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Variance and Covariance

Variance and Covariance

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Variance and Covariance

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  1. Chapter 4.2 Variance and Covariance Variance and Covariance • The mean or expected value of a random variable X is important because it describes the center of the probability distribution. • However, the mean does not give adequate description of the shape and variability in the distribution. • Distribution with equal means but different dispersions (variability) • The most important measure of variability of a random variable X is obtained by letting g(X) = (X– μ)2. • This variability measure is referred to as the variance of the random variable Xor the variance of the probability distribution of X. It is denoted by Var(X) or the symbol , or simply by .

  2. Chapter 4.2 Variance and Covariance Variance and Covariance • Let X be a random variable with probability distribution f(x) and mean μ. The variance of X is if X is discrete, and if X is continuous. • The positive square root of the variance, σ, is called the standard deviation of X.

  3. Chapter 4.2 Variance and Covariance Variance and Covariance • Company A Let the random variable X represent the number of cars that are used for official business purposes on any given workday. The probability distribution for company A and company B are • Company B Show that the variance of the probability distribution for company B is greater than that of company A. Clearly, the variance of the number of cars that are used for official business purposes is greater for company B than for company A.

  4. Chapter 4.2 Variance and Covariance Variance and Covariance • The variance of a random variable X is also given by Let the random variable X represent the number of defective parts for a machine when 3 parts are sampled from a production line and tested. The following is the probability distribution of X Calculate the variance σ2.

  5. Chapter 4.2 Variance and Covariance Variance and Covariance The weekly demand for a drinking-water product, in thousands liters, from a local chain of efficiency stores, is a continuous random variable X having the probability density Find the mean and variance of X.

  6. Chapter 4.2 Variance and Covariance Variance and Covariance • Let X be a random variable with probability distribution f(x). The variance of the random variable g(X) is if X is discrete, and if X is continuous.

  7. Chapter 4.2 Variance and Covariance Variance and Covariance Calculate the variance of g(X) = 2X+3, where X is a random variable with probability distribution given as

  8. Chapter 4.2 Variance and Covariance Variance and Covariance Let X be a random variable with density function Find the variance of the random variable g(X)=4X+3 if it is known that the expected value of g(X) = 8.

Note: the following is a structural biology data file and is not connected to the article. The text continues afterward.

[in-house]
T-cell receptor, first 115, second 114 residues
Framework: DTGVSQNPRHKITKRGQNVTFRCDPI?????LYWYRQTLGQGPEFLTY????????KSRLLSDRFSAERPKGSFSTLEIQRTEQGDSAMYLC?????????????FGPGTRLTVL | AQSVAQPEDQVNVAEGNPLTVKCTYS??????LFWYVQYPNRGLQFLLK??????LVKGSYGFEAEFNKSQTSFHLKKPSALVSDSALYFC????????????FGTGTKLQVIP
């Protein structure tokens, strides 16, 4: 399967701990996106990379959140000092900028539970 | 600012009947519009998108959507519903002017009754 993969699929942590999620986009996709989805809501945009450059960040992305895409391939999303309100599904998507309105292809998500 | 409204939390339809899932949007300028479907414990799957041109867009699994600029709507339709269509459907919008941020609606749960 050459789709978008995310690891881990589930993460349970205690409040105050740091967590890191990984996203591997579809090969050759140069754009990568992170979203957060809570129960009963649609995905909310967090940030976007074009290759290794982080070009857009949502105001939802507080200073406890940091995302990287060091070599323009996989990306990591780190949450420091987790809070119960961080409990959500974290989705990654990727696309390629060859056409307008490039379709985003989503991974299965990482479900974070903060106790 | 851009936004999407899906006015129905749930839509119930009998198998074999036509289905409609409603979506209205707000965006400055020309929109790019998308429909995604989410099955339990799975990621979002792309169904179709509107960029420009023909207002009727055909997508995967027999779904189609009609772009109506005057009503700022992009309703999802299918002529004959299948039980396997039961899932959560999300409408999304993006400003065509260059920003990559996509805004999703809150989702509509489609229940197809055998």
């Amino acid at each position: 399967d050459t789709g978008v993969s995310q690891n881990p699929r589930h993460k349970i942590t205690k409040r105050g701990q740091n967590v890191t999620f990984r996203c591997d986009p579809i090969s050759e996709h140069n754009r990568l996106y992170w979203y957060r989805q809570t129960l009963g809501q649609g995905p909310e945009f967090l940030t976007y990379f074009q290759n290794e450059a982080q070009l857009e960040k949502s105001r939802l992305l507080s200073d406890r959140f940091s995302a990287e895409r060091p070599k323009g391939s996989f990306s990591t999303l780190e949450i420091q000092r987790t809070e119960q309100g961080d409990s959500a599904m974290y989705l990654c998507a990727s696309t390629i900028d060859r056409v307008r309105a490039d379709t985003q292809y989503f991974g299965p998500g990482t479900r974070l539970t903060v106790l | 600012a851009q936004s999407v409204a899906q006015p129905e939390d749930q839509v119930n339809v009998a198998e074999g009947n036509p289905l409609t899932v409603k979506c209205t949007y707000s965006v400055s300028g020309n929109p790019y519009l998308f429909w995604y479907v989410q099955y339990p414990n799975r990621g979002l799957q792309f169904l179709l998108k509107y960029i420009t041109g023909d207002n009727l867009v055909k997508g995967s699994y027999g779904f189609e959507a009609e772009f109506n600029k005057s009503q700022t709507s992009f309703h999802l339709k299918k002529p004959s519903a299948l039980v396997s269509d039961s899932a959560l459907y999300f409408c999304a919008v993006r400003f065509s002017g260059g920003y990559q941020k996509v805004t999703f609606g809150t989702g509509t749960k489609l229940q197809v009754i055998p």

9. Chapter 4.2 Variance and Covariance Variance and Covariance • Let X and Y be a random variables with probability distribution f(x,y). The covariance of the random variables X and Y is if X and Y arediscrete, and if X and Y are continuous. • σXY >0, • Positive correlation • σXY <0 • Negative correlation

  10. Chapter 4.2 Variance and Covariance Variance and Covariance • The covariance of two random variables X and Y with means μX and μY, respectively, is given by

  11. Chapter 4.2 Variance and Covariance Variance and Covariance Referring back again to the “ballpoint pens” example, find the covariance of X and Y. • See again Lecture 4

  12. Chapter 4.2 Variance and Covariance Variance and Covariance The fraction X of male runners and the fraction Y of female runners who compete in marathon races is described by the joint density function Find the covariance of X and Y

  13. Chapter 4.2 Variance and Covariance Variance and Covariance • Although the covariance between two random variables does provide information regarding the nature of the relationship, the magnitude of σXYdoes not indicate anything regarding the strength of the relationship, since σXY is not scale free. • This means, that its magnitude will depend on the units measured for both X and Y. • There is a scale-free version of the covariance called the correlation coefficient, that is used widely in statistics. • Let X and Y be random variables with covariance σXY and standard deviation σX and σY, respectively. The correlation coefficientX and Y is

  14. Chapter 4.3 Means and Variances of Linear Combinations of Random Variables Means of Linear Combinations of X • If a and b are constant, then Applying theorem to the discrete random variable g(X) = 2X – 1, rework the carwash example.

  15. Chapter 4.3 Means and Variances of Linear Combinations of Random Variables Means of Linear Combinations of X Let X be a random variable with density function Find the expected value of g(X)=4X+3 by using the theorem presented recently.